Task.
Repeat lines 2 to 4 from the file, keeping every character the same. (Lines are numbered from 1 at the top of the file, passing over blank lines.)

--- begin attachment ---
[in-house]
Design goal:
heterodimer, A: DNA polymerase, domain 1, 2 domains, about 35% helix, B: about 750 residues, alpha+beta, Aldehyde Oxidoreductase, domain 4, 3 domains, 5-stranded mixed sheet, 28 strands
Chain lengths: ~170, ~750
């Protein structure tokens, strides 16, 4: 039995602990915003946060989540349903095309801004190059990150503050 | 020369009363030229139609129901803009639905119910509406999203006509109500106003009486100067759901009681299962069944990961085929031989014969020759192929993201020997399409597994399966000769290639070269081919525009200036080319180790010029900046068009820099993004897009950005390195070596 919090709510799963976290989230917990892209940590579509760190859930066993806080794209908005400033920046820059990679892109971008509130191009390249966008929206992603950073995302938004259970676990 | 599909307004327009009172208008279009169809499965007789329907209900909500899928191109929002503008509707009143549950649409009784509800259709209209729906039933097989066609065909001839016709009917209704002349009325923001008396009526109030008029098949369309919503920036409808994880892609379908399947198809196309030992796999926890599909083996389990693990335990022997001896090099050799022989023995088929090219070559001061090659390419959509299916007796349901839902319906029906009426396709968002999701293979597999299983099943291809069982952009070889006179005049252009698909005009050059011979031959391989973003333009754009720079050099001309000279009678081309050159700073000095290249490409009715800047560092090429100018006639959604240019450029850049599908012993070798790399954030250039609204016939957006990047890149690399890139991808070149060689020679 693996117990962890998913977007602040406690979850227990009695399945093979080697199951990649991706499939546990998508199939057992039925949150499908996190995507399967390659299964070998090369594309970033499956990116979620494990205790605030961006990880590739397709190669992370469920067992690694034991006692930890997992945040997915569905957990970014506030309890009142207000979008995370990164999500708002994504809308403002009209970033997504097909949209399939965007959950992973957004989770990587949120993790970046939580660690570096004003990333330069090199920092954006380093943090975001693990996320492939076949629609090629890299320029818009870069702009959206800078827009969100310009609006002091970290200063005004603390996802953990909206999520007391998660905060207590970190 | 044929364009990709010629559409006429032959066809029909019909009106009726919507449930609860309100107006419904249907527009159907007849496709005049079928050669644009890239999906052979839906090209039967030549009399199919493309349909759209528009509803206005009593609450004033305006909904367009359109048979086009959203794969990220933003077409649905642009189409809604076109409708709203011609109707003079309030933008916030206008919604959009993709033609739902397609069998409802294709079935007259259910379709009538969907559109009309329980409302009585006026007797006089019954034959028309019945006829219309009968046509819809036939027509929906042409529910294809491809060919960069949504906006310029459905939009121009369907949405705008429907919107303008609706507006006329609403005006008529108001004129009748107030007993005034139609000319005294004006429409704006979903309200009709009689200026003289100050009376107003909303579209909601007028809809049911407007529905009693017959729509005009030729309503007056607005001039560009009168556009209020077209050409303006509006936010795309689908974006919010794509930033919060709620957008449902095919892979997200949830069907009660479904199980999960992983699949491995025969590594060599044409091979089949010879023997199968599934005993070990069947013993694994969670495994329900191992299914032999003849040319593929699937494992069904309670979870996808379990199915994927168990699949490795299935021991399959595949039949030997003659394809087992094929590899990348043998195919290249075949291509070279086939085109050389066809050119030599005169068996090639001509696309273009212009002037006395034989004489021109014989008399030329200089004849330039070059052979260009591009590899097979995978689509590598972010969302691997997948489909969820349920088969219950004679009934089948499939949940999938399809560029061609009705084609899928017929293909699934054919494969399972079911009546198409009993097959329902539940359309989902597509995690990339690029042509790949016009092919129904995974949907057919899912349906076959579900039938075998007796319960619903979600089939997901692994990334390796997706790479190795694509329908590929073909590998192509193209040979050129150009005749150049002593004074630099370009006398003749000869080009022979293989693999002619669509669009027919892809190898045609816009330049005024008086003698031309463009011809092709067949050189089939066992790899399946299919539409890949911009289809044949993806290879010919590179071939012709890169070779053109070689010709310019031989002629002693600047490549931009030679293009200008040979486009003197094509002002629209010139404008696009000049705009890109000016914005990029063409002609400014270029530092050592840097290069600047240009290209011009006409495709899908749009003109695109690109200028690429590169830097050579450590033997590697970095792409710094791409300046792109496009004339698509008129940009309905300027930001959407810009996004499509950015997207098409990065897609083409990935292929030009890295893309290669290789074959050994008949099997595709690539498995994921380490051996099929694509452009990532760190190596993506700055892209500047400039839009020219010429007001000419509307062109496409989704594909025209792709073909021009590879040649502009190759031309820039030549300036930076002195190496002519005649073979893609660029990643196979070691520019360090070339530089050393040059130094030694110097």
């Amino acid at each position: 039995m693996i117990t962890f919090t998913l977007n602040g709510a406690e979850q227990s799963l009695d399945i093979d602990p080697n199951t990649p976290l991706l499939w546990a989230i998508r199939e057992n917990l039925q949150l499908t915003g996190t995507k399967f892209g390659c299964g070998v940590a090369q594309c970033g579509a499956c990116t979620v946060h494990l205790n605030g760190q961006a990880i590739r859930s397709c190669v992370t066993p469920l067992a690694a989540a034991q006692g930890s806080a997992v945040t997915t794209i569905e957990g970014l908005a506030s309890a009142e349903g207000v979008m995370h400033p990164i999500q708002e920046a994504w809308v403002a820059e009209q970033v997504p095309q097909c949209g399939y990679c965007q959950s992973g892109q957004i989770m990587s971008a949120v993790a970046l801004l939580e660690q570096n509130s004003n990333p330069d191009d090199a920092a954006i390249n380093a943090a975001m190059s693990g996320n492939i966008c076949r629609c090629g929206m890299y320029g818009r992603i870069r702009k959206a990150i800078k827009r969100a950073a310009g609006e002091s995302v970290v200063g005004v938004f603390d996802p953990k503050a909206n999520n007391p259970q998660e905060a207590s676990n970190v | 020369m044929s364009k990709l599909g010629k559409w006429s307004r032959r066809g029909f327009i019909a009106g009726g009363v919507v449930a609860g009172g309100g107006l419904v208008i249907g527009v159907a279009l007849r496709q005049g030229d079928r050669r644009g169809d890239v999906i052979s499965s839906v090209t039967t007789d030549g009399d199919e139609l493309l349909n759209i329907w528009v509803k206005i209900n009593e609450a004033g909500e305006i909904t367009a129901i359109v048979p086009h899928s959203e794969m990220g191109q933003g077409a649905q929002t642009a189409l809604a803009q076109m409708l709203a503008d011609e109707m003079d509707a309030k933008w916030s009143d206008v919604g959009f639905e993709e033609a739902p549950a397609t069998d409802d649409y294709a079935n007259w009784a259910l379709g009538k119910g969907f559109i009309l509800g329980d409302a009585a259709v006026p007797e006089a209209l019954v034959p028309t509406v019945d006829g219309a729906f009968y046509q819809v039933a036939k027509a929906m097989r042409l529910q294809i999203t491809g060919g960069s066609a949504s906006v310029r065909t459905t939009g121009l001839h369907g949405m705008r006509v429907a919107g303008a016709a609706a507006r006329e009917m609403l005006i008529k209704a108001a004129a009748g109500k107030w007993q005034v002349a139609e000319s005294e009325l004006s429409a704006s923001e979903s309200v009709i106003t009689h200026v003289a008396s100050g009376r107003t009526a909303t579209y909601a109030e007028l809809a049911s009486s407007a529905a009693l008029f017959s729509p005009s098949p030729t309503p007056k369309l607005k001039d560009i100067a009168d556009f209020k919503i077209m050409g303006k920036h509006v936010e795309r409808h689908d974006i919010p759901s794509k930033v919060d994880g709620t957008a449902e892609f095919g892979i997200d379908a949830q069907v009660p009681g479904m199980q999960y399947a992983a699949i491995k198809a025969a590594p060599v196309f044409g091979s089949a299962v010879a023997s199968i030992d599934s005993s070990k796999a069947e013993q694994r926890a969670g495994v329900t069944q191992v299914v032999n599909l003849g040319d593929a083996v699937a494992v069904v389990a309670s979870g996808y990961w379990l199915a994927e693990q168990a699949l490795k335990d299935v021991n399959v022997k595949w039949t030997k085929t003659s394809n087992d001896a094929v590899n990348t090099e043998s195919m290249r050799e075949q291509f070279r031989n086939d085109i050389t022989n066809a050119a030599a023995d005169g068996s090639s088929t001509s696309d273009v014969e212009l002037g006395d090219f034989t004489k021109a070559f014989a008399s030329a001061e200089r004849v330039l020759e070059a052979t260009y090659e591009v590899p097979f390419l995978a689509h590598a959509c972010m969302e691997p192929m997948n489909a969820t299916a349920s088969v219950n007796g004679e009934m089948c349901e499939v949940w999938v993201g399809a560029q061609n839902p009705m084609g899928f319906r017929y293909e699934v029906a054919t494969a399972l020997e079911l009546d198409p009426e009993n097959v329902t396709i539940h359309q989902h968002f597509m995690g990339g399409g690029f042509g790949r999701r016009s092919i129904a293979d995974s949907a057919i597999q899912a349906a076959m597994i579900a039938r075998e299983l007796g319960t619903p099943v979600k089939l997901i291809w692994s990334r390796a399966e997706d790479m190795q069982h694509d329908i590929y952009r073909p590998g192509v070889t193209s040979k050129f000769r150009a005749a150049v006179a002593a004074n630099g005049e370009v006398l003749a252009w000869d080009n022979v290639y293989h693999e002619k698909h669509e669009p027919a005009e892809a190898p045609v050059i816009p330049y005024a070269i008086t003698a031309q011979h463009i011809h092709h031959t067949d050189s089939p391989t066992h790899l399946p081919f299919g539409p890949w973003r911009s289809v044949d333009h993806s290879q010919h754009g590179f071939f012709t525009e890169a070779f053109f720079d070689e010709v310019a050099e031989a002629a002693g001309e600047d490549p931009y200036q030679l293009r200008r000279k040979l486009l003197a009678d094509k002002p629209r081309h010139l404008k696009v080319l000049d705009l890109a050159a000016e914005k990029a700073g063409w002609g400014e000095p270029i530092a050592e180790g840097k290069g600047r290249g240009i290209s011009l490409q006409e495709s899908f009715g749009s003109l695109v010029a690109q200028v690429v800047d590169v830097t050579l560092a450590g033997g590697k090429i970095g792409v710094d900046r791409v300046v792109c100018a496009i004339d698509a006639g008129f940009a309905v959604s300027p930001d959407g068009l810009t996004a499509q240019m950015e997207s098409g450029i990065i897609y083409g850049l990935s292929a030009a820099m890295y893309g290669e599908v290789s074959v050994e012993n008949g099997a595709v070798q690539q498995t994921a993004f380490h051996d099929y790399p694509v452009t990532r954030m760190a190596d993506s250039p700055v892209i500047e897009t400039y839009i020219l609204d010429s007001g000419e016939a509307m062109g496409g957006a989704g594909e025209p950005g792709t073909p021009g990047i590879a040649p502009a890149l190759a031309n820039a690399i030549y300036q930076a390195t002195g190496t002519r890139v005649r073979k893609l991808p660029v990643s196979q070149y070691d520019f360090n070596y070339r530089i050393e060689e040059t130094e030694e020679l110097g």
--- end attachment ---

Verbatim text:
Design goal:
heterodimer, A: DNA polymerase, domain 1, 2 domains, about 35% helix, B: about 750 residues, alpha+beta, Aldehyde Oxidoreductase, domain 4, 3 domains, 5-stranded mixed sheet, 28 strands
Chain lengths: ~170, ~750